|Did Saul Bellow ever look young?|
Humboldt's Gift (1975)
by Saul Bellow
Humboldt's Gift is the last of Bellow's seven titles on the first 1001 Books list from 2006. It won the Pulitzer Prize for fiction in 1976, and was a component of Bellow being awarded the Nobel Prize for Literature in 1975. It is fictionalized roman a clef about Bellow(Charles Citrine in the book) and his mentor, famous poet-intellectual Delmore Schwartz(Von Humboldt Fleischer.) Although written in the first person with Citrine as narrator, Humboldt's Gift skips back and forward through time. It covers, in no specific order, Citrine's present as a washed-up though wealthy writer and public intellectual, beset on all sides by difficulties financial and emotional, Citrine's past, including the development of his relationship with Von Humboldt Fleischer and the experiences of Fleischer, focusing mostly on his descent into madness and penury.
It is an intoxicating mix. No wonder it was received with such adulation, and coming at the end of a string of critically and financially successful novels. Humboldt's Gift has mostly been analyzed as a commentary on the tug of war between art and commerce, but in my reading I thought he had alot of say about celebrity culture, nascent in 1975, but fully established today. Citrine, in the book, is a wealthy intellectual who is surviving on past achievements. His obsession with sexual gratification and status symbols mirrors the obsessions of the last half century of celebrity culture.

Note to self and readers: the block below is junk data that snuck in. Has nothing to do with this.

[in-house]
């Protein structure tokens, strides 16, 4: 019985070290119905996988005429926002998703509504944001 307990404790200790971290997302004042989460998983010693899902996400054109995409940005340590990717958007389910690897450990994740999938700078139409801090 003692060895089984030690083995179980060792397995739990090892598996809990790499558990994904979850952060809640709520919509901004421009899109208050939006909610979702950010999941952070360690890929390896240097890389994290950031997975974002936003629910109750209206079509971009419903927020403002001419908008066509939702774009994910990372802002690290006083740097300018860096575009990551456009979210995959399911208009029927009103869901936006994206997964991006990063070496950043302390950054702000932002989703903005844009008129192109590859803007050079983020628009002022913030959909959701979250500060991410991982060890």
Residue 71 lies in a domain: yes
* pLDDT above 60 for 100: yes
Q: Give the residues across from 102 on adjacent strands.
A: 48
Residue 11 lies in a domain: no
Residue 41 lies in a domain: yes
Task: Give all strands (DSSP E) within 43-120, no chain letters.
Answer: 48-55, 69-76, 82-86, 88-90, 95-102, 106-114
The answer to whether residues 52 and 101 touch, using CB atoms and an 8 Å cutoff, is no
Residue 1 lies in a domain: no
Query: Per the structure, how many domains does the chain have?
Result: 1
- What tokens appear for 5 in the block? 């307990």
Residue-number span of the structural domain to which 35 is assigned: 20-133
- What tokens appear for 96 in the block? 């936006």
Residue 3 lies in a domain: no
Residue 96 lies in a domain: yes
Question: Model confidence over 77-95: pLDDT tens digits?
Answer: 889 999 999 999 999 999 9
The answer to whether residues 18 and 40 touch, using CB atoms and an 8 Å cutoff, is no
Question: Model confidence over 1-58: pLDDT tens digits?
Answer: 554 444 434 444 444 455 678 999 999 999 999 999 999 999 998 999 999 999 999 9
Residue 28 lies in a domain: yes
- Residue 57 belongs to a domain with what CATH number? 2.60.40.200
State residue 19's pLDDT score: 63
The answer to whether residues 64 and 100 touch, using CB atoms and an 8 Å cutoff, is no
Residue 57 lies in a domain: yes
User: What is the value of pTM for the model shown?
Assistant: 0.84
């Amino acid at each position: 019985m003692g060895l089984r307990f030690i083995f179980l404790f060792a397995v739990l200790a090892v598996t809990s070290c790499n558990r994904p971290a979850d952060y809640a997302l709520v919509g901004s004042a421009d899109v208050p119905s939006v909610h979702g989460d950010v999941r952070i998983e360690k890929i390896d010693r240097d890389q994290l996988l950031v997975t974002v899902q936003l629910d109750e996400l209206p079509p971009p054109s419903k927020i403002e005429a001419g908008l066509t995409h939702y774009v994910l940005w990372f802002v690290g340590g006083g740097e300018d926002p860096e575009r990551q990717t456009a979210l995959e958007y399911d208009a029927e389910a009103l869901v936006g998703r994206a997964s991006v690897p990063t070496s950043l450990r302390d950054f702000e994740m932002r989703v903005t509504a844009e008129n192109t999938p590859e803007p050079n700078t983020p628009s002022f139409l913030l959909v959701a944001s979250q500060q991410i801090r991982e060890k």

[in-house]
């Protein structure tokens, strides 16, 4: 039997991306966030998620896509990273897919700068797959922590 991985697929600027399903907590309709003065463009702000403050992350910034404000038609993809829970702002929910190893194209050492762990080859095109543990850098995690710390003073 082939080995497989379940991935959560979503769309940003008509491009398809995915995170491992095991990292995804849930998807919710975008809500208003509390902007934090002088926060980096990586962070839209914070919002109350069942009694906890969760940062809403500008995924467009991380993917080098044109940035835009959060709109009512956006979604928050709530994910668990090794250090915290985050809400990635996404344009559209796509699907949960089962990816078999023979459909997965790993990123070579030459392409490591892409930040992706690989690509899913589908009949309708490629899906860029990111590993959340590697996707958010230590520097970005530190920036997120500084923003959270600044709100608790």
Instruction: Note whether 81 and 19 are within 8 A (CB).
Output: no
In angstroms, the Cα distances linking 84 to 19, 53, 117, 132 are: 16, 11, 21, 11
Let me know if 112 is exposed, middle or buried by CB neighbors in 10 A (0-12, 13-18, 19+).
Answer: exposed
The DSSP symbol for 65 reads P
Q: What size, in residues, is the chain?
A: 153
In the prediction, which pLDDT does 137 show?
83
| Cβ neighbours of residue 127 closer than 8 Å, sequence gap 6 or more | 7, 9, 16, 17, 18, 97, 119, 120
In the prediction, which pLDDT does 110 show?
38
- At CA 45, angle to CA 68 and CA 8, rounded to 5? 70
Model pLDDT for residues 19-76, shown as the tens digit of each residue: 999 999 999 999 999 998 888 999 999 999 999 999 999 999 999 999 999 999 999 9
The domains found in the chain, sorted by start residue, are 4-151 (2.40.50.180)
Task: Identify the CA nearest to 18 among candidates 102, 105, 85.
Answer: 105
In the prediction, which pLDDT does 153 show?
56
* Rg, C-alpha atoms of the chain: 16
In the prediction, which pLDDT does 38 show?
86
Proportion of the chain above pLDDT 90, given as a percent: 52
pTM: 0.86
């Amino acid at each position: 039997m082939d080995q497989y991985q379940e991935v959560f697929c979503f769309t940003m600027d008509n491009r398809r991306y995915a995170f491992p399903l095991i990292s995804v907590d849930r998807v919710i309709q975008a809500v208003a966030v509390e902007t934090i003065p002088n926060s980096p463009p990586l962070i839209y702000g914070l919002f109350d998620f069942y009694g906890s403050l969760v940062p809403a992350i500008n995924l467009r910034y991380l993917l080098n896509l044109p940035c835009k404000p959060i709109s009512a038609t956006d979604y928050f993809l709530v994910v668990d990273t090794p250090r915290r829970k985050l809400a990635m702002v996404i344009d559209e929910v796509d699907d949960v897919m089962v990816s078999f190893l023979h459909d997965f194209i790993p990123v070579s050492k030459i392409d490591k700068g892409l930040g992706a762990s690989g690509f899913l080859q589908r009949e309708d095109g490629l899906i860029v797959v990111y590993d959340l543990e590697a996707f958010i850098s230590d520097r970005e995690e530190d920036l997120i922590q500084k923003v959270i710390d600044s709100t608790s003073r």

Like the films of the Coen brothers, also functions as an off-the-cuff history lesson about the intellectual culture of the United States between the Great Depression and the early 1970's. Humboldt/Schwartz is a classic forgotten intellectual hero, and most of the novel dealing directly with his experience focuses on the impact of an artist who has outlived his usefulness to the larger culture.